The usual suspects dominated the general classification at the Tour de France, but a number of riders sprung from nowhere to put in standout performances. Here are five that caught our eye:

Alexis Vuillermoz

Alexis Vuillermoz wins stage eight of the 2015 Tour de France (Watson)

Alexis Vuillermoz wins stage eight of the 2015 Tour de France (Watson)

At the age of 27 Vuillermoz is no spring chicken, but neither is he massively well known. An 11th place finish overall at the Giro d’Italia in 2014 showed us what he can do, but at this Tour de France he stood out in a first week which caused his Ag2r teammates to crack.

As Jean-Christophe Peraud and Romain Bardet – both top-10 finishers last year – lost time on stage two, Vuillermoz hit back immediately by climbing to third place behind Chris Froome and Joaquim Rodriguez on the Mur de Huy on stage three.

While the win wasn’t to be in Huy, Vuillermoz didn’t have to wait long to triumph in front of his home fans, soloing up the Mur de Bretagne on stage eight to salvage the first week for Ag2r.

He never quite reached the highs of stage eight through the rest of the Tour, but a win at the Tour de France is more than many riders ever achieve.

Warren Barguil

Warren Barguil on stage eleven of the 2015 Tour de France (Watson)

Warren Barguil on stage eleven of the 2015 Tour de France (Watson)

Another Frenchman, Barguil made waves in the first two weeks for his excellent bike riding skills before making the headlines in the final week for his terrible bike riding skills.

At the tender age of 24, Giant-Alpecin clearly see Barguil as a development project, with the hope to see him crack the overall top 10 in years to come.

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It looked like that year would be this year during the first two weeks and Barguil worked hard and put in some great rides in challenging conditions to challenge for a top-10 place.

He did well over the cobbles, up the Mur de Huy and in the wind and rain of stage two and was there-or-thereabouts throughout the three weeks without ever really threatening to win anything.

Barguil came to prominence on stage 16 for all the wrong reasons, though, when his cavalier descending style resulted in Geraint Thomas being hurled off the side of the road.

His climbing is good, his consistency needs a little work and his descending could certainly do with a polish, but as a prospect Barguil could be the next big French hope.

Robert Gesink

Robert Gesink on stage twelve of the 2015 Tour de France (Watson)

Robert Gesink on stage twelve of the 2015 Tour de France (Watson)

Half a decade ago, Gesink was touted as the next big thing in Dutch cycling after finishing fourth in the 2010 Tour de France, but he has never quite matched the potential he showed in his early career.

Problems caused by an irregular heartbeat blighted the last few seasons until he took time out of the sport to get the issue corrected in 2014.

Returning in time for the end of the season, Gesink started, but did not finish, the Vuelta a España and returned in 2015 with a new lease of life.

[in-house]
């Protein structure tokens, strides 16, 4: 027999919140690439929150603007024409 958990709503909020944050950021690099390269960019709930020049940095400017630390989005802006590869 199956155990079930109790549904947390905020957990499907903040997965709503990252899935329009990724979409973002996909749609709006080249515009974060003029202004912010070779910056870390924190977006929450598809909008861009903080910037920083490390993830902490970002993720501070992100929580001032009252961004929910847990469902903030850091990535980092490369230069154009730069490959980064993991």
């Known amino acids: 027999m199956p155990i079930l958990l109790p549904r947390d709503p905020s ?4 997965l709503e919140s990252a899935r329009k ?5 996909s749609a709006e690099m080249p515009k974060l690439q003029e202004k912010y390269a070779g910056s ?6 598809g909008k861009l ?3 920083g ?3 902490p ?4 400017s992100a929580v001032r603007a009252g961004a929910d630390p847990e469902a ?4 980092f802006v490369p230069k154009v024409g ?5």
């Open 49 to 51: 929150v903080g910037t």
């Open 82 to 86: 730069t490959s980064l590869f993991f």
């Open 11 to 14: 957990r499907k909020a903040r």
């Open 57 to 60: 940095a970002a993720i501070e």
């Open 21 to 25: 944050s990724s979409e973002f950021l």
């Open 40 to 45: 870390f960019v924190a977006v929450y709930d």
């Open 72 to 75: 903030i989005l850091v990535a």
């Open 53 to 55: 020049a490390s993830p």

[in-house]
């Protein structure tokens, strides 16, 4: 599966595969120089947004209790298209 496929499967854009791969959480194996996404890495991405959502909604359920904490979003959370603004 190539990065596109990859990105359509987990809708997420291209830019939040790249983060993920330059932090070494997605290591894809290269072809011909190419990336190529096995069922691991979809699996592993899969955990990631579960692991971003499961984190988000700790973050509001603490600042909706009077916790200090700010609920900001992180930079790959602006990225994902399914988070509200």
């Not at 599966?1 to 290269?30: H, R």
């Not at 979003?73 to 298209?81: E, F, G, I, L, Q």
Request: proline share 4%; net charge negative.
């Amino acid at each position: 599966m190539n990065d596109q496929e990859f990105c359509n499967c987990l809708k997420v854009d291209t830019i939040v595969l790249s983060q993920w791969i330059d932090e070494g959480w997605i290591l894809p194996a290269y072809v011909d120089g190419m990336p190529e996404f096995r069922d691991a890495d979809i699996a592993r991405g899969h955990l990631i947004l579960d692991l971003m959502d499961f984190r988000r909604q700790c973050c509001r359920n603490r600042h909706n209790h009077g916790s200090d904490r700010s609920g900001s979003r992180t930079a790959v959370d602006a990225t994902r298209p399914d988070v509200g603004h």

Top 10 overall finishes at the Tour of California and Tour de Suisse set him up perfectly for the Tour de France. Gesink fought back from losing time on stage two into Zeeland to secure sixth place in the final standings.

A testament to his consistency over the three weeks is that he never finished lower than 36th in any of the 21 stages, climbing to fourth on the race’s first mountain up to La Pierre-Saint-Martin.

Eighth on the stage to La Toussuire effectively sealed Gesink’s GC standing and sealed a very successful Tour for the LottoNL-Jumbo climber.

Daniel Teklehaimanot

Daniel Teklehaimanot on stage six of the 2015 Tour de France

Daniel Teklehaimanot on stage six of the 2015 Tour de France

At the start of the year, Teklehaimanot was just ‘one of the Eritrean riders in MTN-Qhubeka’, but after nine stages of the Tour de France the 26-year-old virtually became a household name.

It was, apparently, Teklehaimanot’s dream to wear the polka dot jersey at the Tour and he did it with a smile after topping the mountains classification after stage six.

His intention was clear from the off, coming off the back of winning the climber’s jersey at the Critérium du Dauphiné in June, and getting himself into the breakaway as soon as a climb came into sight in the first week.

There weren’t many of them, though, and his lead in the competition was swiftly ended when Froome smashed it up the Col du Soudet, but that wouldn’t have bothered Teklehaimanot.

Having got himself in the break again on stage 16 to Gap, the Eritrean notched up his first top-10 finish, crossing the line seventh after a good descent of the Col de Manse.

Mathias Frank

Matthias Frank on stage 19 of the Tour de France (Sunada)

Matthias Frank on stage 19 of the Tour de France (Sunada)

If you were told of the final top 10 of the 2015 Tour de France before it even kicked off you wouldn’t be surprised to see nine of the names on the list. Matthias Frank, however, seemed to exceed a lot of people’s expectations to climb to a solid eighth place overall.

Commentators often talk about riders who just get better as the three-week races go on and Frank was the epitomy of that theory as he recovered from a pretty average start and only went up the GC until stage 14.

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Fifth place on the climb to Pra Loup propelled Frank into the top 10 and there he stayed, flitting between seventh and eighth, eventually settling for the second number.

IAM Cycling haven’t exactly set the world alight in their first season in the WorldTour, but this high finish for Frank will be a boost for the team.

 Watch the best bits of the 2015 Tour de France